Friday, September 21, 2007

To say nothing of the dog

Well, yesterday we got an errand out of the way and returned home, intending to grab a couple of items, walk the dog and go grab a bite to eat.

Um. Yes. About the dog. The elderly, stressed by the boxes and confusion dog.

The dog I put into his crate before we left to run the errand because he's stressed and clingy and crate=den=good in dog tribe parlance.

The dog who apparently had soothed himself at some point yesterday by eating a wodge of my LUSH brand handmade soap.

I will leave the details to your entirely too vivid imaginations, but suffice it to say by the time we had cleaned things up and reassured the unhappy dog neither of us felt up to going out to eat.

So the dog, he got no supper last night and I got no sleep as someone needed to be within earshot in the event of further disaster. The dog he got Peptobismol, but Do. Not. Want. So he got cuddled and apologised to and then had a tricksy mean TwoLegs shove a baby medication syringe in his mouth and force the issue.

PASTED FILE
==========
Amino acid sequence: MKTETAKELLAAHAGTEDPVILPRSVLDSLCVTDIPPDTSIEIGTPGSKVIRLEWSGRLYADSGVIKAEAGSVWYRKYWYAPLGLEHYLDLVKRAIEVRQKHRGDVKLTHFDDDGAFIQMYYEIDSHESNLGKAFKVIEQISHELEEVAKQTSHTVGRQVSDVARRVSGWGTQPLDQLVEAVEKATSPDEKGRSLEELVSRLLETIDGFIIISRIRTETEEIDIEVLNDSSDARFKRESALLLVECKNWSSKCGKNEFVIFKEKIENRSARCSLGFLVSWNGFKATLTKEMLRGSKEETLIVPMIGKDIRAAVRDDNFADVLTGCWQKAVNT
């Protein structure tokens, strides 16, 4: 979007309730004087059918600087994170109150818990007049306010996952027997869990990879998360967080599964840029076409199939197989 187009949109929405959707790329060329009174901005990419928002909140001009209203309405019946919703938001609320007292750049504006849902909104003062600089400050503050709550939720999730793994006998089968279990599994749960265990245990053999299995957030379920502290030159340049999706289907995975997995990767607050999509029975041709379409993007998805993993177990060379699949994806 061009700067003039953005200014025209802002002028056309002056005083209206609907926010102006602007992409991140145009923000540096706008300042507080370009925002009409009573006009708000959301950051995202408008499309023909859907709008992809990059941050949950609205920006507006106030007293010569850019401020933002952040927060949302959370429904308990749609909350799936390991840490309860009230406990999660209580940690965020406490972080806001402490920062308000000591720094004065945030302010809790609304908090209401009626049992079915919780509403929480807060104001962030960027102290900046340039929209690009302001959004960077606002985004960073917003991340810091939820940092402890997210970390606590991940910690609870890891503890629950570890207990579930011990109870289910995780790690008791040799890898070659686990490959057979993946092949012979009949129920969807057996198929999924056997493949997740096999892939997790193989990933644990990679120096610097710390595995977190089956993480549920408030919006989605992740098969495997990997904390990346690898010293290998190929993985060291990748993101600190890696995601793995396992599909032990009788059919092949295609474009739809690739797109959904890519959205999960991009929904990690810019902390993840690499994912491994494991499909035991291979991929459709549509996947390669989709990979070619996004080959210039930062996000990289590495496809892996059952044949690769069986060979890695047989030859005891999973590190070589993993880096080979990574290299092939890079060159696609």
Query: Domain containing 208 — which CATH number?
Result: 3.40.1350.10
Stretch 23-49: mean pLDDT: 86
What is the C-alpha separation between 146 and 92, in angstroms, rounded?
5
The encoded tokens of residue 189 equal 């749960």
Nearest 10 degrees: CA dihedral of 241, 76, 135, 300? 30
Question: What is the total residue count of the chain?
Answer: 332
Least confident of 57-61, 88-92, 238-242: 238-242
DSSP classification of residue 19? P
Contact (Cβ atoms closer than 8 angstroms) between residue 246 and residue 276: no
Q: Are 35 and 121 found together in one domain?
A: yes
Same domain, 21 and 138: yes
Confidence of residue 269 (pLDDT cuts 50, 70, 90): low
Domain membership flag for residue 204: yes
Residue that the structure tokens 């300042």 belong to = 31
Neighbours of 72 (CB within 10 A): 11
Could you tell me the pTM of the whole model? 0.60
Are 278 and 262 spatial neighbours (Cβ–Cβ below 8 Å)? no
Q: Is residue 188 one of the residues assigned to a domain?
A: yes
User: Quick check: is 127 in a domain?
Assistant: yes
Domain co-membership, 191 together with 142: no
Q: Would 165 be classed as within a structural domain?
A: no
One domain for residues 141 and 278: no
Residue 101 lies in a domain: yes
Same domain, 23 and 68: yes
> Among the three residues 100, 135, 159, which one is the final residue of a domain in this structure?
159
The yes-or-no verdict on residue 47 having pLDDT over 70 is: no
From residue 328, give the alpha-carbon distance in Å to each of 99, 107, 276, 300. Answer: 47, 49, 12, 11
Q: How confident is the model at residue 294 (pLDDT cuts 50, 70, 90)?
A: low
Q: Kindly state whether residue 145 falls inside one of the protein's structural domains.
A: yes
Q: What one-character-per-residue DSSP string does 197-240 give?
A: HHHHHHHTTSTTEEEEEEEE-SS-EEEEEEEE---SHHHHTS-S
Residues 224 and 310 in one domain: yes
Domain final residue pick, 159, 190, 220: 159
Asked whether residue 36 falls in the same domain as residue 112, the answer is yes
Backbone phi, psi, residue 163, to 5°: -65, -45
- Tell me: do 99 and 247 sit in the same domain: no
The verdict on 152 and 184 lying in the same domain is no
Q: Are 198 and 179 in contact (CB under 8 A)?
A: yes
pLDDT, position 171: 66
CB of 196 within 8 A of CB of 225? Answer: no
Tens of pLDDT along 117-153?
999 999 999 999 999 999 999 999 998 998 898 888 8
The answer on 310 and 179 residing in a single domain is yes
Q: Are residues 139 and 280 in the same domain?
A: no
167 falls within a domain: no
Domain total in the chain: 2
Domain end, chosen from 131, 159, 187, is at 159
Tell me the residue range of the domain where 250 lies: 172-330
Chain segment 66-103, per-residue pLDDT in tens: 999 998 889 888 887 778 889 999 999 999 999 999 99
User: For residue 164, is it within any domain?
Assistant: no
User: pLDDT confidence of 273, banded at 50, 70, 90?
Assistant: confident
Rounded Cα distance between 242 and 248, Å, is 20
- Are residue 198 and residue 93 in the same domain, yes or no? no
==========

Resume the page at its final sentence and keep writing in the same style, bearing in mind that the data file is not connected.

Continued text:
And the dog, he got no breakfast. And more Pepto. And he was very sad. Plus, the boxes and the confusion are still around.


This evening, since symptoms had been under control for almost 24 hours, the dog he got plain cooked white rice. Jest a leetle bit, you know, and some careful watching. And then-

And then the dog he got plain cooked white rice and canned PUMPKIN. Which dogs thought was pretty damn fine.

He's mostly back to normal, and the bland diet will continue for a few days just in case.

But, CANNED PUMPKIN, yay, says the dog. Tomorrow there will be rice and pumpkin and some plain canned chicken. He will think he's in heaven. Despite the boxes and the confusion and stuff.

Tuesday, September 18, 2007

Why Doesn't She Just Leave?

Whenever the subject of domestic abuse is under discussion, eventually the pnrase 'why didn't she just leave?' will get tossed into the mix.

Not helpful. Seriously not helpful. If you haven't enough life experience or empathy to figure the answer out on your own, let me repeat here something I said in comments over on Feministe. (You are reading Feministe, right?) (Note to self: blog roll.)

I have a simple response to the ‘why didn’t she just leave?’ crowd.

Imagine, as an exercise, that someone is going to walk in here right now and put a gun to your head and tell you that in one month you have to be living in a completely new life. You must accomplish this with no extra funds beyond what you have to hand right this minute.

You can tell anyone you like what you are doing and ask for help. But, if the guy with the gun finds out about it, he will come and shoot you.